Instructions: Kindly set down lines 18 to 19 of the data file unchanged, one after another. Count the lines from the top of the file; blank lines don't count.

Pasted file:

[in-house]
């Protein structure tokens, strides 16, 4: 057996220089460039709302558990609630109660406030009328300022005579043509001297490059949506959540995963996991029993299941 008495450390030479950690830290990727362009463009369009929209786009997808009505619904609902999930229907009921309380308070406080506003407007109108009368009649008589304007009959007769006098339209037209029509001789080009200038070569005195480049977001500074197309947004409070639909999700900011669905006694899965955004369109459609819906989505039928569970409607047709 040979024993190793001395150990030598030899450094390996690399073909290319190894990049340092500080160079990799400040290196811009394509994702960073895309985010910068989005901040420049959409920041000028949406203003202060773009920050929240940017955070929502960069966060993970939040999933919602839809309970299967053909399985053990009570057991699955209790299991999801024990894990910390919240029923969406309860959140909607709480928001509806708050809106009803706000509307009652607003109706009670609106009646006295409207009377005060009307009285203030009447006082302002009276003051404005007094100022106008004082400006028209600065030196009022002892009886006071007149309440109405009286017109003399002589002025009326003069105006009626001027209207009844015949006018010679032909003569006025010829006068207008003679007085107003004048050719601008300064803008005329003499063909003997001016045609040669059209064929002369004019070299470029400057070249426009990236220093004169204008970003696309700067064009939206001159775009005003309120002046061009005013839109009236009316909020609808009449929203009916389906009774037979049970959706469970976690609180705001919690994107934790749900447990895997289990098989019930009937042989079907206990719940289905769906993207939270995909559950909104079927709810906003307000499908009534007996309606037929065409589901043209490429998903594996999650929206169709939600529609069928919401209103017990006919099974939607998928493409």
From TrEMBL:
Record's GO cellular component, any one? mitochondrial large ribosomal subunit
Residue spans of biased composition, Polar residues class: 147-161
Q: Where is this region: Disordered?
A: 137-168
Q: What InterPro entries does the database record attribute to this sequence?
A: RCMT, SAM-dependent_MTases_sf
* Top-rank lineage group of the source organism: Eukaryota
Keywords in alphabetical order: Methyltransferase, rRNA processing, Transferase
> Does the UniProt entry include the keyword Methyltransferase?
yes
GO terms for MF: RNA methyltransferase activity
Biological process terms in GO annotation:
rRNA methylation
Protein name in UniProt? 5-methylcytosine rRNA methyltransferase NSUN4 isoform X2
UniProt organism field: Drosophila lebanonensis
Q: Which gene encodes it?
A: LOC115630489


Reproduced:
UniProt organism field: Drosophila lebanonensis
Q: Which gene encodes it?